Friday, November 03, 2006

Bad Economy?

Okay, what the heck…  I just need to stop listening to NPR at all.  There are no redeeming qualities that they posses, especially in their election coverage.  I have no illusions that the republicans have drifted way too far to the evangelical camp and will probably loose the House or Representatives.  But when they talk about the economy, I can’t take it any more.  

We are currently living under some of the best economic conditions that we have had in the past twenty years.  National unemployment is at 4.4%.  The economy is growing at a sustainable rate.  Taxes are low.  The government’s tax receipts are up (because of the low taxes.)  And mortgage rates are still well within reach of a great many homebuyers.  

When these east-coast elitists go and talk to unemployed, uneducated, unskilled factory workers in the upper Midwest and then blame the Bush administration for our “failing economy” and the worker’s unemployment.  The reason these workers are unemployed is because the company they (used to) work for could no longer afford to pay them the wage than they demanded.  There is no logical reason that some guy who puts lugnuts on wheels should make $45,000 a year, have free health care, and 4 weeks of paid vacation.  

But somehow, starting in the late 1940’s, labor unions beat up their employers for more and more pay.  

Well, the labor union’s habit of wanting more, no matter what the cost, has finally backfired on them.  The company’s they harassed and blackmailed into submission have finally had more than they can take and are starting to go under.  They can no longer afford to pay these exorbitant wages to unskilled workers.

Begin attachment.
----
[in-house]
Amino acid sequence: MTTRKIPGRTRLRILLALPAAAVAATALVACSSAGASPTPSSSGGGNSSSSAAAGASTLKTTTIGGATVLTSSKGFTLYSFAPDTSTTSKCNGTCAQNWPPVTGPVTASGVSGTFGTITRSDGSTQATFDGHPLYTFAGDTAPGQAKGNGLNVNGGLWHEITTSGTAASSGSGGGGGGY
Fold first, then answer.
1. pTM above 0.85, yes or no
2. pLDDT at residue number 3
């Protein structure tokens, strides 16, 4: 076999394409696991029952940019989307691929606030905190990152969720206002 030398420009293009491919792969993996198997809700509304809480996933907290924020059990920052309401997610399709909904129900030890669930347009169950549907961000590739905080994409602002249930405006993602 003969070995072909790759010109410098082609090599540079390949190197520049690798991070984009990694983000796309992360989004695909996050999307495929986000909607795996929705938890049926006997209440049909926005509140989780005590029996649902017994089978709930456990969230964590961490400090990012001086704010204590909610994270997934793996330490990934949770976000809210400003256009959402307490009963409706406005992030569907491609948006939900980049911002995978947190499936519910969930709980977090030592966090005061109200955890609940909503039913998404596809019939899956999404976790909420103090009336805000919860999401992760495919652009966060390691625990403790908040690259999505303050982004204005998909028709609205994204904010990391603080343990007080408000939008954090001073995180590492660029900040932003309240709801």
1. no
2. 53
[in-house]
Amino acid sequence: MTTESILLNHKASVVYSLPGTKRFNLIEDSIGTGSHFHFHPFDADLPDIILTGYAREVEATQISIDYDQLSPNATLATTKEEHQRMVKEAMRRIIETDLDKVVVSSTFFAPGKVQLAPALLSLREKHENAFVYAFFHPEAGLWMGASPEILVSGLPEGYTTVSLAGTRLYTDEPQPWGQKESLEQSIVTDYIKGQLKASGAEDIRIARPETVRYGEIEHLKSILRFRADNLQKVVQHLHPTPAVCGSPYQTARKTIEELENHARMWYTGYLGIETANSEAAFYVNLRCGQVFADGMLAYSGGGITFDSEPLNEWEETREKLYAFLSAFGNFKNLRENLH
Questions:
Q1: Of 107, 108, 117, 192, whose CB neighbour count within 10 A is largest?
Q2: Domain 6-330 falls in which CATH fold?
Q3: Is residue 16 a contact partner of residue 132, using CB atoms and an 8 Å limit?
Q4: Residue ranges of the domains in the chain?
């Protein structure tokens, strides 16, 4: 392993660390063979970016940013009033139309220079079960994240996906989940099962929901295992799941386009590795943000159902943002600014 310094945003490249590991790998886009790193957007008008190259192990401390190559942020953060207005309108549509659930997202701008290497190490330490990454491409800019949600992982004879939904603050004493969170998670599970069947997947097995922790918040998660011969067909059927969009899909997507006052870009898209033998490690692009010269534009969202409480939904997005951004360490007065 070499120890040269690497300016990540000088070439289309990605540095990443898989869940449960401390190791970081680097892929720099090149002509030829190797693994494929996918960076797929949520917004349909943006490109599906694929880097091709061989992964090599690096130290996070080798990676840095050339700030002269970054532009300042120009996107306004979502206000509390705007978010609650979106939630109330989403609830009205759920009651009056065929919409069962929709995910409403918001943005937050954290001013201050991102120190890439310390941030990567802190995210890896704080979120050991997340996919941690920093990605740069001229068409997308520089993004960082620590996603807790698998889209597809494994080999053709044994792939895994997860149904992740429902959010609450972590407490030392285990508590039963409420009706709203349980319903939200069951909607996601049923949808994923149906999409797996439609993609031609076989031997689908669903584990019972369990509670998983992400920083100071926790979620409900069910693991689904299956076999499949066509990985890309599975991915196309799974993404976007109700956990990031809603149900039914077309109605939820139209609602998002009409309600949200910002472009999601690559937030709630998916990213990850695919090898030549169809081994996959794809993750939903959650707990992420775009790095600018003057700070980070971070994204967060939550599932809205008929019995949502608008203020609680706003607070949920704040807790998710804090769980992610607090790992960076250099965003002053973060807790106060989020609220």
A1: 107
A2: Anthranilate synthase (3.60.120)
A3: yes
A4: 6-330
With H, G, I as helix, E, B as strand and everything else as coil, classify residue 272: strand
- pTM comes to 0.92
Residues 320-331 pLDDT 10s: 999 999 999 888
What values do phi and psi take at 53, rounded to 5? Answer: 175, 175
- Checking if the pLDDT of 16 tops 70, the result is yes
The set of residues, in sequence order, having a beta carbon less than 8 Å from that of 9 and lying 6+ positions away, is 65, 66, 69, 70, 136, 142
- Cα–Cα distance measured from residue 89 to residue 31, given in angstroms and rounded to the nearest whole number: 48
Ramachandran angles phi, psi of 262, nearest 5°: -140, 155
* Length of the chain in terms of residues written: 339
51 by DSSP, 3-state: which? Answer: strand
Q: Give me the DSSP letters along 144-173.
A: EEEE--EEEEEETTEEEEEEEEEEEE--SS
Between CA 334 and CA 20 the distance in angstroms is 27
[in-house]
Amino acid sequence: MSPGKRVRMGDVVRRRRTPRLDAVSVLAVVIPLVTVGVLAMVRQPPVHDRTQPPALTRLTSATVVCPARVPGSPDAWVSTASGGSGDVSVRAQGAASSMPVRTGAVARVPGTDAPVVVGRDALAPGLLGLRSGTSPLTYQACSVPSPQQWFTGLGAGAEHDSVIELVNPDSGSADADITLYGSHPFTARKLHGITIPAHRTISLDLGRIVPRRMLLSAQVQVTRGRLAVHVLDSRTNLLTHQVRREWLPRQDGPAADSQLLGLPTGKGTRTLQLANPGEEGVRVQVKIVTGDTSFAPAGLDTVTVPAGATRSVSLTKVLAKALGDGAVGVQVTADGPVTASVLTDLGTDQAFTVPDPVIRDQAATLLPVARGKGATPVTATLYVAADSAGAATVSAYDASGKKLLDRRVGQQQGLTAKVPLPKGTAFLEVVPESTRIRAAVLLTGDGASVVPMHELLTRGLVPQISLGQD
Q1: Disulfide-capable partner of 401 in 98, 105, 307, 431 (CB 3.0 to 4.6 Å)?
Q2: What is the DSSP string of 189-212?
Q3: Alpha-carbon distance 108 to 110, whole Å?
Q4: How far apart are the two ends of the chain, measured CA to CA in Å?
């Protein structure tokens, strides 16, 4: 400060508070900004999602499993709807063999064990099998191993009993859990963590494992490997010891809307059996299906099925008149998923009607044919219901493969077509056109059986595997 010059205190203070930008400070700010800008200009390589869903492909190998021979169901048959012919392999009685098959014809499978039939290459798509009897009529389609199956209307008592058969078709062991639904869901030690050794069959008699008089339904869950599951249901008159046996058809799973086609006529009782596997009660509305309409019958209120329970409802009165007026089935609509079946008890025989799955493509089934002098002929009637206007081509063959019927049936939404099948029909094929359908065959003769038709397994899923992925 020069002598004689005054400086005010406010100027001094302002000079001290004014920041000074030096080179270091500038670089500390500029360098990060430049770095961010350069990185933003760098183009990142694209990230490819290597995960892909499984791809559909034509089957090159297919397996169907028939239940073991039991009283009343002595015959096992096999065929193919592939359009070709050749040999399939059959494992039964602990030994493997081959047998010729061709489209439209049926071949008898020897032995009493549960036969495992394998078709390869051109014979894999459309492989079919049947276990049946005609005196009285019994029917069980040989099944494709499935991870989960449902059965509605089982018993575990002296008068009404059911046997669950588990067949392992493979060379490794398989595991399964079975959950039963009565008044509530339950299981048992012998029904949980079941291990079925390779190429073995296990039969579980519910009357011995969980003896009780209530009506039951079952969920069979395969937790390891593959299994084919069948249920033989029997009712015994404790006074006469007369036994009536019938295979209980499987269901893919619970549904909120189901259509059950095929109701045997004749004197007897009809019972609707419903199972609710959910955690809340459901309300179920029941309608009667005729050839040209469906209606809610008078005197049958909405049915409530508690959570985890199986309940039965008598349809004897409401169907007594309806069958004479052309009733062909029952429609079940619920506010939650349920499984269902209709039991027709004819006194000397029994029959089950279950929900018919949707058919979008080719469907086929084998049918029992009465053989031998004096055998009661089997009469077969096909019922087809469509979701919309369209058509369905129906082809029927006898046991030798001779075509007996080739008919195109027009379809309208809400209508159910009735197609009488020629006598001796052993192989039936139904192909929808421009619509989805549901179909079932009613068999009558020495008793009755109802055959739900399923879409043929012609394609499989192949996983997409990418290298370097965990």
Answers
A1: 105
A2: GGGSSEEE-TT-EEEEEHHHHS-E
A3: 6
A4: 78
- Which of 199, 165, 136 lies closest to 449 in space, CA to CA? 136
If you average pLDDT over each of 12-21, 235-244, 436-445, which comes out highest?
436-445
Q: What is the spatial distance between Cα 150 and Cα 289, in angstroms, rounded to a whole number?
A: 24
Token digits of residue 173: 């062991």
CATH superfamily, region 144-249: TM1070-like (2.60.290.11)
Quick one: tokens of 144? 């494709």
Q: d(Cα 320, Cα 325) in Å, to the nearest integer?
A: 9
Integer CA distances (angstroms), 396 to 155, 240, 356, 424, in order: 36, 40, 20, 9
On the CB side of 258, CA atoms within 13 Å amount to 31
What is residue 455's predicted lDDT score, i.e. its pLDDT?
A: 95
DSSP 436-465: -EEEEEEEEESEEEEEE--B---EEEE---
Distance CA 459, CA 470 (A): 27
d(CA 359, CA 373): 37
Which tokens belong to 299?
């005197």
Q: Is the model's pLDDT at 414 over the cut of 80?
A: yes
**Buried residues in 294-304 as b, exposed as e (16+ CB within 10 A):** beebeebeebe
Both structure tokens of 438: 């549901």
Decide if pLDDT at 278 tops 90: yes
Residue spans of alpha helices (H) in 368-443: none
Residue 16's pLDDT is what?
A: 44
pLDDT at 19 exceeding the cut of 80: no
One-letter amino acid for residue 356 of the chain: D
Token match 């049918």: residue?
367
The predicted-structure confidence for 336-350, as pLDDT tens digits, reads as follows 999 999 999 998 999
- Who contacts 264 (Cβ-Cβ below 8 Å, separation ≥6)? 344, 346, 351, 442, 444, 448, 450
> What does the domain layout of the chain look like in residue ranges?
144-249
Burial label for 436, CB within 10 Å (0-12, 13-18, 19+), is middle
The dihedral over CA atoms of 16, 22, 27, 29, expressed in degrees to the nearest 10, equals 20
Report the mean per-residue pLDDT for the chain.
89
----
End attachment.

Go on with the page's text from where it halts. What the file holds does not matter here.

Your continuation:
So what happens?  The high paid workers get laid off.  (Since you can’t fire a union worker.)  Their jobs get outsourced to lower cost factories on another continent.  They get replaced with robots.  Etcetera, etcetera.  It’s not that hard to fathom that when a company cannot remain competitive, they will do something to fix it.  

But they often can’t just stop paying their union workers.  They have to pay benefits; pensions; health care.  So they end up paying money for zero productivity.  And this opens the door for Japanese auto makers, who do not hire union workers and therefore have substantially lower overheads, to step in, make their cars in America, and gain market share.  This further hurts the big, union auto makers, and the cycle continues.  

Conclusion: Don’t blame GM and Ford for 100% of your unemployed whining.  Blame Big Labor and their Leftist allies in Washington.  

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